The number of highly caffeinated products has increased dramatically in the past few years. Among these products, highly caffeinated energy drinks are the most heavily advertised and purchased, which has resulted in increased incidences of co-consumption of energy drinks with alcohol. Despite the growing number of adolescents and young adults reporting caffeine-mixed alcohol use, knowledge of the potential consequences associated with co-consumption has been limited to survey-based results and in-laboratory human behavioral testing. Here, we investigate the effect of repeated adolescent (post-natal days P35-61) exposure to caffeine-mixed alcohol in C57BL/6 mice on common drug-related behaviors such as locomotor sensitivity, drug reward and cross-sensitivity, and natural reward. To determine changes in neurological activity resulting from adolescent exposure, we monitored changes in expression of the transcription factor Î--FosB in the dopaminergic reward pathway as a sign of long-term increases in neuronal activity. Repeated adolescent exposure to caffeine-mixed alcohol exposure induced significant locomotor sensitization, desensitized cocaine conditioned place preference, decreased cocaine locomotor cross-sensitivity, and increased natural reward consumption. We also observed increased accumulation of Î--FosB in the nucleus accumbens following repeated adolescent caffeine-mixed alcohol exposure compared to alcohol or caffeine alone. Using our exposure model, we found that repeated exposure to caffeine-mixed alcohol during adolescence causes unique behavioral and neurochemical effects not observed in mice exposed to caffeine or alcohol alone. Based on similar findings for different substances of abuse, it is possible that repeated exposure to caffeine-mixed alcohol during adolescence could potentially alter or escalate future substance abuse as means to compensate for these behavioral and neurochemical alterations.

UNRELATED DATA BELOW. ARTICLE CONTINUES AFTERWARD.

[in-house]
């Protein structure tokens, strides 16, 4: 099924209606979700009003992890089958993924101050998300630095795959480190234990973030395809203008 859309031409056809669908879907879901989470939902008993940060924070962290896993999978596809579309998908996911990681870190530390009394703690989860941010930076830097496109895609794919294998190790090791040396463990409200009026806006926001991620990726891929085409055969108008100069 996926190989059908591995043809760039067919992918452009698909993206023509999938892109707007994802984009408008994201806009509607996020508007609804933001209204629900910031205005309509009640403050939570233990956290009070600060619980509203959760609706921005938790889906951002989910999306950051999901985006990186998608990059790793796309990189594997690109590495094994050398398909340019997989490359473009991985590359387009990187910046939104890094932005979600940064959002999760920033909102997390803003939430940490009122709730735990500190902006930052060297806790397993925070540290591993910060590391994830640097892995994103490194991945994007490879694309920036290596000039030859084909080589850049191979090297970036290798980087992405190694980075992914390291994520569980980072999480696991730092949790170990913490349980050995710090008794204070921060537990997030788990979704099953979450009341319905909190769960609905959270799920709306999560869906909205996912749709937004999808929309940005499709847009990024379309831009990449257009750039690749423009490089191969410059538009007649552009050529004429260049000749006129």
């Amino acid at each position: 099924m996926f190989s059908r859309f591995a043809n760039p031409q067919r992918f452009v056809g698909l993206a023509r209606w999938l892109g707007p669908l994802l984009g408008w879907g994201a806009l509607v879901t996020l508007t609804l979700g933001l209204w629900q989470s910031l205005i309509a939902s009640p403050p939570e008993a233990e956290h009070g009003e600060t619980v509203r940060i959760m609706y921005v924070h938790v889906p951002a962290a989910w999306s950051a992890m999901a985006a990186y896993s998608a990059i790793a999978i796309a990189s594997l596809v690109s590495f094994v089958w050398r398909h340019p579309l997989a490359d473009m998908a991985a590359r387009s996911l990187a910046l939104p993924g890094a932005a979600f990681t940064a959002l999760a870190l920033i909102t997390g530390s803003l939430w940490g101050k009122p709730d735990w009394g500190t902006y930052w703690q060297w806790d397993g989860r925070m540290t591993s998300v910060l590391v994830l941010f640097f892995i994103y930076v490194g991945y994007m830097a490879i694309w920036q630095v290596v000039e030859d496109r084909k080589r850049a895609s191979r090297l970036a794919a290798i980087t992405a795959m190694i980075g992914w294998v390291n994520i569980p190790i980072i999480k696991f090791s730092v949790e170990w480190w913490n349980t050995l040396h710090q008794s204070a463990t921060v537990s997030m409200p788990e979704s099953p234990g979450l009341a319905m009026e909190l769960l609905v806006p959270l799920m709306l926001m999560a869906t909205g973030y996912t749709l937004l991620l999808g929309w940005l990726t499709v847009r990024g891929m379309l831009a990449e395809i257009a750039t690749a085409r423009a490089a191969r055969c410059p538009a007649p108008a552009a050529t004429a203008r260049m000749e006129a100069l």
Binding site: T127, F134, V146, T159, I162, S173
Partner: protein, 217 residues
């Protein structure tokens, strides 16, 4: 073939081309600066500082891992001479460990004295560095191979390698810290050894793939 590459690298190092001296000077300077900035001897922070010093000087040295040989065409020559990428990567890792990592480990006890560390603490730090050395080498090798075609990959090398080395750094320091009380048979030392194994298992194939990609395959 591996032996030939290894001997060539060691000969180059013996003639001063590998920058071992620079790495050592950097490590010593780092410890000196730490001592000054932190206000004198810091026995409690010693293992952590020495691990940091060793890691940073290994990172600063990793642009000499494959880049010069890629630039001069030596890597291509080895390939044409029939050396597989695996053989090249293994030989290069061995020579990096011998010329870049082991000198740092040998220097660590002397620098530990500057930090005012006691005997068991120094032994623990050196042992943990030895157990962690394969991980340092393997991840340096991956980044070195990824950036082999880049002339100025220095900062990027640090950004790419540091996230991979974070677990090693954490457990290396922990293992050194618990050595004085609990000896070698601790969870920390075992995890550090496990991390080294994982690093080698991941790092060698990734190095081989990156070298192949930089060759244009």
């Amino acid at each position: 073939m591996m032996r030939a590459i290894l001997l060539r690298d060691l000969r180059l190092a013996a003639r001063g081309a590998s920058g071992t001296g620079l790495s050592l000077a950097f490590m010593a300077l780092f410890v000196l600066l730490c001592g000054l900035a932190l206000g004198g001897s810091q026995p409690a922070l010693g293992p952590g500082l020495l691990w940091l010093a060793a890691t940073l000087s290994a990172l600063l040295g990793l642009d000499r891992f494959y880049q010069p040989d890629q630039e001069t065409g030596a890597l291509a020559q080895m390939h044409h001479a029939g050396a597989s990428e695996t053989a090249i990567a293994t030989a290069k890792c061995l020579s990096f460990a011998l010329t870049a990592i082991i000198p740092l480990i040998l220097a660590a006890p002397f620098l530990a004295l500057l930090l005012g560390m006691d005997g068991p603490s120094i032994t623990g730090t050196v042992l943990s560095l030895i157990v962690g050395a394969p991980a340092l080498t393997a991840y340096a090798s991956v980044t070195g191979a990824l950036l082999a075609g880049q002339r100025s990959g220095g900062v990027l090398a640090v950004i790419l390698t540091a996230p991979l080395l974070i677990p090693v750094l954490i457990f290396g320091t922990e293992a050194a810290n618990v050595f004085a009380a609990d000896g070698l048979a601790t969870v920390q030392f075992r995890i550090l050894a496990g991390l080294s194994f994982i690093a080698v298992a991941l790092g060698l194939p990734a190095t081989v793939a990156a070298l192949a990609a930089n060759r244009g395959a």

BUGS!
Ted 2017: The woman who wants China to eat insects - BBC News
Tue, 25 Apr 2017 23:29
Image copyright Ryan Lash/Ted Image caption Matilda Ho is a Ted Fellow, an award given by the conference to young entrepreneurs making a difference A Chinese entrepreneur is promoting edible insects and online farmers' markets in a campaign to improve eating habits in the country.
Matilda Ho spoke at the Ted (Technology, Entertainment and Design) conference about the need to spread the message about healthy eating.
She is backing a range of start-ups, including one that offers protein made from silkworms.
China has a growing problem with obesity and diabetes.
"China has 20% of the world's population but only 7% of land is arable," Ms Ho told the BBC.
"One in four diabetics is now Chinese and one in five obese people."
Image copyright Getty Images Image caption Matilda Ho suggests silkworms could serve as a source of protein for humans Ms Ho began tackling the issue with an online farmers' market which now supplies 240 types of new produce from 57 farmers.
It has gained 40,000 subscribers since it was launched 18 months ago.
"I wanted to use technology to shorten the gap between growers and consumers," Ms Ho told the BBC.
"It is a right to know where your food comes from and it empowers consumers."
The food is delivered to customers via electric vehicles and in biodegradable boxes to keep the carbon footprint low.
China has a rapidly rising middle class and a culture where it is polite to over-order food for guests in restaurants.